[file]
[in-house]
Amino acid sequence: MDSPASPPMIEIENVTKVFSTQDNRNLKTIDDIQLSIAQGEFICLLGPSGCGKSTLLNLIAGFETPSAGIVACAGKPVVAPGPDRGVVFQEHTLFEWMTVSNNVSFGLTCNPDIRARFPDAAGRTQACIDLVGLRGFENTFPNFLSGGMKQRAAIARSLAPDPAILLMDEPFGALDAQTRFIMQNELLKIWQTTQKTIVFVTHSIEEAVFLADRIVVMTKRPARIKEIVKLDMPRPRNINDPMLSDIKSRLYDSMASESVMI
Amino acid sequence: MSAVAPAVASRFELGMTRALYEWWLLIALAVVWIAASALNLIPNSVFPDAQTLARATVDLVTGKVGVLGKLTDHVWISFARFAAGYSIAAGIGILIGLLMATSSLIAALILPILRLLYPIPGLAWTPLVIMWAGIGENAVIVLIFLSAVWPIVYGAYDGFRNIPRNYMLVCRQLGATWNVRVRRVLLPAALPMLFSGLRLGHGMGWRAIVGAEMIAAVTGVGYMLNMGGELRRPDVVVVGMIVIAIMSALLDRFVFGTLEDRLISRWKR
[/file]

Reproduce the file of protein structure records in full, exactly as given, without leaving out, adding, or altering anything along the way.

[in-house]
Amino acid sequence: MDSPASPPMIEIENVTKVFSTQDNRNLKTIDDIQLSIAQGEFICLLGPSGCGKSTLLNLIAGFETPSAGIVACAGKPVVAPGPDRGVVFQEHTLFEWMTVSNNVSFGLTCNPDIRARFPDAAGRTQACIDLVGLRGFENTFPNFLSGGMKQRAAIARSLAPDPAILLMDEPFGALDAQTRFIMQNELLKIWQTTQKTIVFVTHSIEEAVFLADRIVVMTKRPARIKEIVKLDMPRPRNINDPMLSDIKSRLYDSMASESVMI
Amino acid sequence: MSAVAPAVASRFELGMTRALYEWWLLIALAVVWIAASALNLIPNSVFPDAQTLARATVDLVTGKVGVLGKLTDHVWISFARFAAGYSIAAGIGILIGLLMATSSLIAALILPILRLLYPIPGLAWTPLVIMWAGIGENAVIVLIFLSAVWPIVYGAYDGFRNIPRNYMLVCRQLGATWNVRVRRVLLPAALPMLFSGLRLGHGMGWRAIVGAEMIAAVTGVGYMLNMGGELRRPDVVVVGMIVIAIMSALLDRFVFGTLEDRLISRWKR